As most of you in the interweb's community of manga readers have probably heard, Mangahelpers is stepping down from its position as a place for scanlators to come together and share their and is now going back to its original roots as a hub for translators. That means all the manga files in their database are no longer available for download, both the Raws and the scanlations. What does this mean? It means the scanlating game is going to go through some changes soon.
Before I get into the implications of this even let me address what set all this in motion. You see, a few days ago, manga publishers of both East and West announced that they have banded together and formed a coalition designed to eliminate the piracy being perpetrated by the scanlating community. There have been similar attempts at this in the past but this time we not only have the American publishers in on it but also the original Japanese publishers who until recently have restricted their actions to within their own borders. We're talking about major players in the industry cracking down on online scanlation sites, starting with 30 undisclosed sites.
Supposedly, this crackdown is primarily aimed at taking down the sites that charge money in exchange for access to scans but it would overly optimistic for us to assume that sites like Onemanga, Mangafox and Mangatraders wouldn't be targeted as well. It seems that the cease and desist letters haven't been sent yet so most of the scanlating community will be carrying on as usual until they do. Mangahelpers on the other hand however, decided that this was the time to pull a Crunchyroll with the scanlating in general by closing its doors on scanlators and opening new ones to the authors themselves with OpenManga.
To put it simply, OpenManga will try to get authors' permission to host and translate their series online through their service so fans from around the world finally have a legal source of translated manga. According to the owners in this explanation, there may or may not be a price to pay for access to said series. In either case, we still get readily available and legal manga online.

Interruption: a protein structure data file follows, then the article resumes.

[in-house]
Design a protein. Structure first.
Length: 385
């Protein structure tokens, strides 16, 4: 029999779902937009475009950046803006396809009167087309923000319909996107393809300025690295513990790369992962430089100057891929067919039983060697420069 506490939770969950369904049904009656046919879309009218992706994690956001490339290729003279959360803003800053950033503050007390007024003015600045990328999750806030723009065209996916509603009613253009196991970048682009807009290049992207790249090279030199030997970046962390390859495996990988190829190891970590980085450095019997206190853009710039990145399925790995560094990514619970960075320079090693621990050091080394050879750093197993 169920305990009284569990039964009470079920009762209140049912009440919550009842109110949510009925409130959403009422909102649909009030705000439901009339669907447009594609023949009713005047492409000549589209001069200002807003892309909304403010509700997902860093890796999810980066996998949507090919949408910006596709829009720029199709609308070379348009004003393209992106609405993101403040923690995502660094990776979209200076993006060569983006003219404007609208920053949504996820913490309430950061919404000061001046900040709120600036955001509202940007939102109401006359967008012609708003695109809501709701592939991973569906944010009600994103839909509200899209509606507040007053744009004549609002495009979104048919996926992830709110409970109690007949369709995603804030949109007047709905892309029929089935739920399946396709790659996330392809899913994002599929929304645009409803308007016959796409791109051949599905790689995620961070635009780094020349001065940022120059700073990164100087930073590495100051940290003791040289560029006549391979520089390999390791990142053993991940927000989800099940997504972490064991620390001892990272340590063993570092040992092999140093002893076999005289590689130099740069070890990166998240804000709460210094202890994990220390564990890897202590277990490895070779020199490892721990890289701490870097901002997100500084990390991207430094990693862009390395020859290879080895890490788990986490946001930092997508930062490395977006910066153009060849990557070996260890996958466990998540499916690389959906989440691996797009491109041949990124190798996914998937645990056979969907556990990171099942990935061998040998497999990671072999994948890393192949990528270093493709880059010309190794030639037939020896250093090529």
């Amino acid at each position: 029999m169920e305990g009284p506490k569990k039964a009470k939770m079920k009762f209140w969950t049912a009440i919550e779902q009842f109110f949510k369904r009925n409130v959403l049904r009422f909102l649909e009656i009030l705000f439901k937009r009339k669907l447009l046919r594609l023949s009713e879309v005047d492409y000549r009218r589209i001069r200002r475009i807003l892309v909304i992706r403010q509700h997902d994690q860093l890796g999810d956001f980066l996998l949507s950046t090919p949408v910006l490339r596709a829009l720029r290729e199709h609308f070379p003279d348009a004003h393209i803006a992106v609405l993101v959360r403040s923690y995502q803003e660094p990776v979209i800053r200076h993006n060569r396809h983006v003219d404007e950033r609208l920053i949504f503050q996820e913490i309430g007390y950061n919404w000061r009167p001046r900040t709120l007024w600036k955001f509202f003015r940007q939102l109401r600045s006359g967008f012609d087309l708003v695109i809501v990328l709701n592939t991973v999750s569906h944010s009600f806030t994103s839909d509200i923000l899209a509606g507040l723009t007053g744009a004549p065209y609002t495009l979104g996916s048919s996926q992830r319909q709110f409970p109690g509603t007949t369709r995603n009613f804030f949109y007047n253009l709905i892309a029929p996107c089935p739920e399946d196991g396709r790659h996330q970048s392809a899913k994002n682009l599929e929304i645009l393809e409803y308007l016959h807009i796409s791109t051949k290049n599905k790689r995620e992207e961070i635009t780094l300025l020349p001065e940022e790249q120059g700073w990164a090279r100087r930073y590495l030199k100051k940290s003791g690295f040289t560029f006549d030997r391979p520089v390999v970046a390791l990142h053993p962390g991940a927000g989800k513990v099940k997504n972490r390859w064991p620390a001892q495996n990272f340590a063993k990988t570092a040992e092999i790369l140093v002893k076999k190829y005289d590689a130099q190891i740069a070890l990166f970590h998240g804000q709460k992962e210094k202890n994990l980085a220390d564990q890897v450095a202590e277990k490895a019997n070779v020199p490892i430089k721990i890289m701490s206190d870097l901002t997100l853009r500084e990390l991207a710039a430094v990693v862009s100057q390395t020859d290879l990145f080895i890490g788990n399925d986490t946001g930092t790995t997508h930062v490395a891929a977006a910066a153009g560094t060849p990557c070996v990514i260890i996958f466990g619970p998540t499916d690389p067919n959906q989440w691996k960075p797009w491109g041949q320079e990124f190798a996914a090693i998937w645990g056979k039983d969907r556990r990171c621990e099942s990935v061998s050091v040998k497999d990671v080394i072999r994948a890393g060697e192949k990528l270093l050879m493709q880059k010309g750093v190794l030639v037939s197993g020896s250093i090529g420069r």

Now let's focus on the question at hand; will this work? To be honest, I have major doubts about this. As much as one can try to idealize and justify the actions of the scanlating community, manga is a business and scanlating undermines that business. This latest move on the publishers' part is not meant to support the spread of manga around the world but rather to take back control of what was supposed to have been their domain in the first place. I really can't see those same publishers supporting the rise of a movement that threatens to take whatever remaining control they have left in the distribution of their products. Fact is, regardless of whether or not the authors jump on this new bandwagon, the rights to the series being published actually belong to the publishing company and not the creators. Without support from the publishers, OpenManga won't have the established series or authors needed for this to work.